Thank you, M´am – Langston Hughes – Mrs Luella´s

Thank you, M´am – Langston Hughes

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Mrs Luella´s purse is meant to be a metaphor for Mrs Luella´s life

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Thank
you, M´am is a short story written by Langston Hughes in 1958.
Hughes was a social activist and author of many short stories, poems and
novels. In Thank you, M´am we are
witnessing the first encounter between Mrs Luella and Roger. Mrs Luella, the
protagonist of the story, is initially described as a large woman. She is
portrayed as reliable and fearless and reacts immediately. Meanwhile, Roger is
a boy of fifteen who appears as an attacker and a thief. Although one later in
the story understands that there is more to him than what it seems to be. Mrs
Luella is presented in the first sentence, together with her purse. The purse
is not mentioned again. However one can believe that the purse is meant to be a
metaphor for Mrs Luella´s life.

 

When Hughes decides to present the
purse in the first sentence “she was a large woman with a large purse that had
everything in it but a hammer and nails” it gives the immediate expectation
that it will be a more significant part of the story. Langston Hughes makes a
direct connection between Mrs Luella and her purse when he compares the two as
similar. Mrs Luella is described as large, and so is the purse. They first meet
when Roger tries to steal her purse, he loses his balance and falls. Mrs Luella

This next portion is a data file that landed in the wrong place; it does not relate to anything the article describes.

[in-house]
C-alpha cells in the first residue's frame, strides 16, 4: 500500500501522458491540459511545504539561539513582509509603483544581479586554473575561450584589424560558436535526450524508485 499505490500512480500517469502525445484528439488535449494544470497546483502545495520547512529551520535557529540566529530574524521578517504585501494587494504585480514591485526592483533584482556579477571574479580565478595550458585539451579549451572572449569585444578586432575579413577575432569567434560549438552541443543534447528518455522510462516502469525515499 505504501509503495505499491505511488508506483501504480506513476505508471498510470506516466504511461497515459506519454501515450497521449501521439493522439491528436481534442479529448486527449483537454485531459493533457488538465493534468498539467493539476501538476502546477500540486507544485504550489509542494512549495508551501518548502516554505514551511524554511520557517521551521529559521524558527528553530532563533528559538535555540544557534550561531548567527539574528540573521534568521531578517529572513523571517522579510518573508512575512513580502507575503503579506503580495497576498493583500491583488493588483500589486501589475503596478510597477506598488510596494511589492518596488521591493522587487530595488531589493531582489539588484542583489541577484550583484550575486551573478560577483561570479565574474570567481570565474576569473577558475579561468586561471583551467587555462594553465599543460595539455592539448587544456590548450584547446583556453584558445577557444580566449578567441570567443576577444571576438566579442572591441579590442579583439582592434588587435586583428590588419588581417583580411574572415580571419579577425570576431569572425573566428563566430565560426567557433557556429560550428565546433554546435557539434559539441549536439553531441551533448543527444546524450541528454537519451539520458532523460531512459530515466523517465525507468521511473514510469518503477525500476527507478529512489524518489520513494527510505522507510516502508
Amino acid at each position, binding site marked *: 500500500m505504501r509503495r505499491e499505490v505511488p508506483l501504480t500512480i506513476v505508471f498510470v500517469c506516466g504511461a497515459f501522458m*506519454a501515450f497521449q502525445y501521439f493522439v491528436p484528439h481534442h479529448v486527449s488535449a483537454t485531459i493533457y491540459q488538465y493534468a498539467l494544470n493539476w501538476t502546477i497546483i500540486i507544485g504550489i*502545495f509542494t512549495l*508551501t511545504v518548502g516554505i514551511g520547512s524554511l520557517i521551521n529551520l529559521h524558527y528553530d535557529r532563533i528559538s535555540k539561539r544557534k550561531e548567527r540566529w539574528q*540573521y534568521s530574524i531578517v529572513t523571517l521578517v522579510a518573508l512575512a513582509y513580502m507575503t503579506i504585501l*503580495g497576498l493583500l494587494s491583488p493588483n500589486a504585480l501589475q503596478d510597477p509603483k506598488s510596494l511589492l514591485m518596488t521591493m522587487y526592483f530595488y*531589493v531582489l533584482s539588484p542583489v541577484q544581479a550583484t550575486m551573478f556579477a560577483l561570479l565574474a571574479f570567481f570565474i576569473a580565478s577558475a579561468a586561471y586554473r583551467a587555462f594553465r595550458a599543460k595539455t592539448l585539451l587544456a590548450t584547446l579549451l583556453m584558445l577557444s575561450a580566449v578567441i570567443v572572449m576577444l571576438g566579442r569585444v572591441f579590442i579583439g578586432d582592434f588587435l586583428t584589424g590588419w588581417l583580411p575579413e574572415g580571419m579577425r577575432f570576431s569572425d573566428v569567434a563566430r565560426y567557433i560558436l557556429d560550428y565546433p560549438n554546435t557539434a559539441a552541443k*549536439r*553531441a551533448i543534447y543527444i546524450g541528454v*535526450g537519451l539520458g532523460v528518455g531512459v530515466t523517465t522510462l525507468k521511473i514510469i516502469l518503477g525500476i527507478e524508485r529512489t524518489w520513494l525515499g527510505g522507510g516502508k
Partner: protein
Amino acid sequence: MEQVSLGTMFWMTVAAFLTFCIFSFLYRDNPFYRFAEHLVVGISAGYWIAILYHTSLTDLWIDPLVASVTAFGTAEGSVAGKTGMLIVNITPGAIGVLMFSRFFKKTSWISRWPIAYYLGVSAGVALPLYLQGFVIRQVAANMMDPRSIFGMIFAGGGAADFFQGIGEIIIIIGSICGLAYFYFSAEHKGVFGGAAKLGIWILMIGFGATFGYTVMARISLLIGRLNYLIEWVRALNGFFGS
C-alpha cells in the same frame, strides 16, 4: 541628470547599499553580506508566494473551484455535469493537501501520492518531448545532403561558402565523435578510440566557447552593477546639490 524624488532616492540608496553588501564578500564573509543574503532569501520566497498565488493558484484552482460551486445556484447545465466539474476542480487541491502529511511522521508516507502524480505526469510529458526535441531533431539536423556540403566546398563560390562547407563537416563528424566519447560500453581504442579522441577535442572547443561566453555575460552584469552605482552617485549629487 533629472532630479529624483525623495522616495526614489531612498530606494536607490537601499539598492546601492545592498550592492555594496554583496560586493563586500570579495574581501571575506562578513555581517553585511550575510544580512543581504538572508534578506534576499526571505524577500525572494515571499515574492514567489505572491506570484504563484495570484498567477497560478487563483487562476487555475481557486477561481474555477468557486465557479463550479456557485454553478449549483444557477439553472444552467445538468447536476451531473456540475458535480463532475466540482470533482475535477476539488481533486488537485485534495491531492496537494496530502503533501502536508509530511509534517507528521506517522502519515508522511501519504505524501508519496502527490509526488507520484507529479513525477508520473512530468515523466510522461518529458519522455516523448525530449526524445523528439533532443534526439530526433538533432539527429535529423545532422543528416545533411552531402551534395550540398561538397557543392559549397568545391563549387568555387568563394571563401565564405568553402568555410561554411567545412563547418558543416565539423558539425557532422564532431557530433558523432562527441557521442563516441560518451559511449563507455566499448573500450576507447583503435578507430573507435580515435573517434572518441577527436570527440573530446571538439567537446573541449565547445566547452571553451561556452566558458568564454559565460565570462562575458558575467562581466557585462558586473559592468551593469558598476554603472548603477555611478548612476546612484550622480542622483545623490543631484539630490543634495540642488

kicks him in the behind, drags him up and makes him pick up the purse. The
story, however, takes a turn when Mrs Luella gets concerned about Roger´s life
at home. “Um-hum! And your face is dirty. I got a great mind to wash your
face for you. Ain’t you got nobody home to tell you to wash your face?”
Just after, Mrs Luella drags Roger into her home.

 

It is also made clear that the purse
has almost everything in it. After Roger is dragged to Mrs Luella´s home, it is
shown that Mrs Luella has everything she needs to live. The only thing missing
from the purse was a hammer and nails. Which is two of the most essential and
fundamental elements when building a house. The hammer and nails can,
therefore, symbolise the missing part of Mrs Luella´s life – something
significant. One can conclude that the missing element of Mrs Luella´s life is
a child, especially after she states that “You ought to be my son. I would
teach you right from wrong. Least I can do right now is to wash your face. Are
you hungry?”

 

Later in the story, it is made clear
that Roger wants a pair of new, blue, suede shoes and that is the reason he
tries to steal Mrs Luella´s purse. When Mrs Luella finds this out, she decides
to give Roger 10 dollars. Which today might not seem as very much, but in 1958,
when the story was published, 10 dollars equalled to 85 dollars. Also, many
people claim that Mrs Luella and Roger are two African American people, mainly
because of Hughes earlier written work, such as The Negro Speaks of Rivers and
Raymond´s Run. It is never directly written, however, one can see it in the way
that Mrs Luella speaks. If Mrs Luella is an African American woman, she would
not have much money, because of the issues African American faced back in 1958.
Nevertheless, she gives Roger the money.

 

Taking all into consideration one
can conclude with the purse being a metaphor for Mrs Luella and her life. Mrs
Luella shows an excellent mother instinct towards Roger. Instead of calling the
police, she takes him to her home, feeds him and gives him money. The bag´s
size and contents are not relevant to the story; however after reading the
whole story, one can understand its importance. At the same time that the purse
is a metaphor for Mrs Luella and her life, the missing hammer and nails
symbolise the missing part, that Roger fill.

 

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